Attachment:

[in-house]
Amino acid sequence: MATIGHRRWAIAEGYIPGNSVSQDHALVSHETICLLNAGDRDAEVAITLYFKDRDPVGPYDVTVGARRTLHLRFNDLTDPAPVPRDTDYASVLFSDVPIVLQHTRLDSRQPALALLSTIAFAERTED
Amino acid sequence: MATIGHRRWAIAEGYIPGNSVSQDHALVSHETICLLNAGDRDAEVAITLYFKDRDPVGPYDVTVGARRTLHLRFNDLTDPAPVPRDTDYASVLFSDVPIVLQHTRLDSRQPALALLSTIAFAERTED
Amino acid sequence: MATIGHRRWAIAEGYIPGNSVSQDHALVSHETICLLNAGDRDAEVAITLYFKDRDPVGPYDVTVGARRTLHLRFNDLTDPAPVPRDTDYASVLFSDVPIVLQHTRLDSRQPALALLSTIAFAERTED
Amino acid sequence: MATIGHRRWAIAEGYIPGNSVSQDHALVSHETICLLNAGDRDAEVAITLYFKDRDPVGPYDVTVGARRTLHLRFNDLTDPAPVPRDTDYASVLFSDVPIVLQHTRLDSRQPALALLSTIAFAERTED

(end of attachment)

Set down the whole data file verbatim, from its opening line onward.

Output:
[in-house]
Amino acid sequence: MATIGHRRWAIAEGYIPGNSVSQDHALVSHETICLLNAGDRDAEVAITLYFKDRDPVGPYDVTVGARRTLHLRFNDLTDPAPVPRDTDYASVLFSDVPIVLQHTRLDSRQPALALLSTIAFAERTED
Amino acid sequence: MATIGHRRWAIAEGYIPGNSVSQDHALVSHETICLLNAGDRDAEVAITLYFKDRDPVGPYDVTVGARRTLHLRFNDLTDPAPVPRDTDYASVLFSDVPIVLQHTRLDSRQPALALLSTIAFAERTED
Amino acid sequence: MATIGHRRWAIAEGYIPGNSVSQDHALVSHETICLLNAGDRDAEVAITLYFKDRDPVGPYDVTVGARRTLHLRFNDLTDPAPVPRDTDYASVLFSDVPIVLQHTRLDSRQPALALLSTIAFAERTED
Amino acid sequence: MATIGHRRWAIAEGYIPGNSVSQDHALVSHETICLLNAGDRDAEVAITLYFKDRDPVGPYDVTVGARRTLHLRFNDLTDPAPVPRDTDYASVLFSDVPIVLQHTRLDSRQPALALLSTIAFAERTED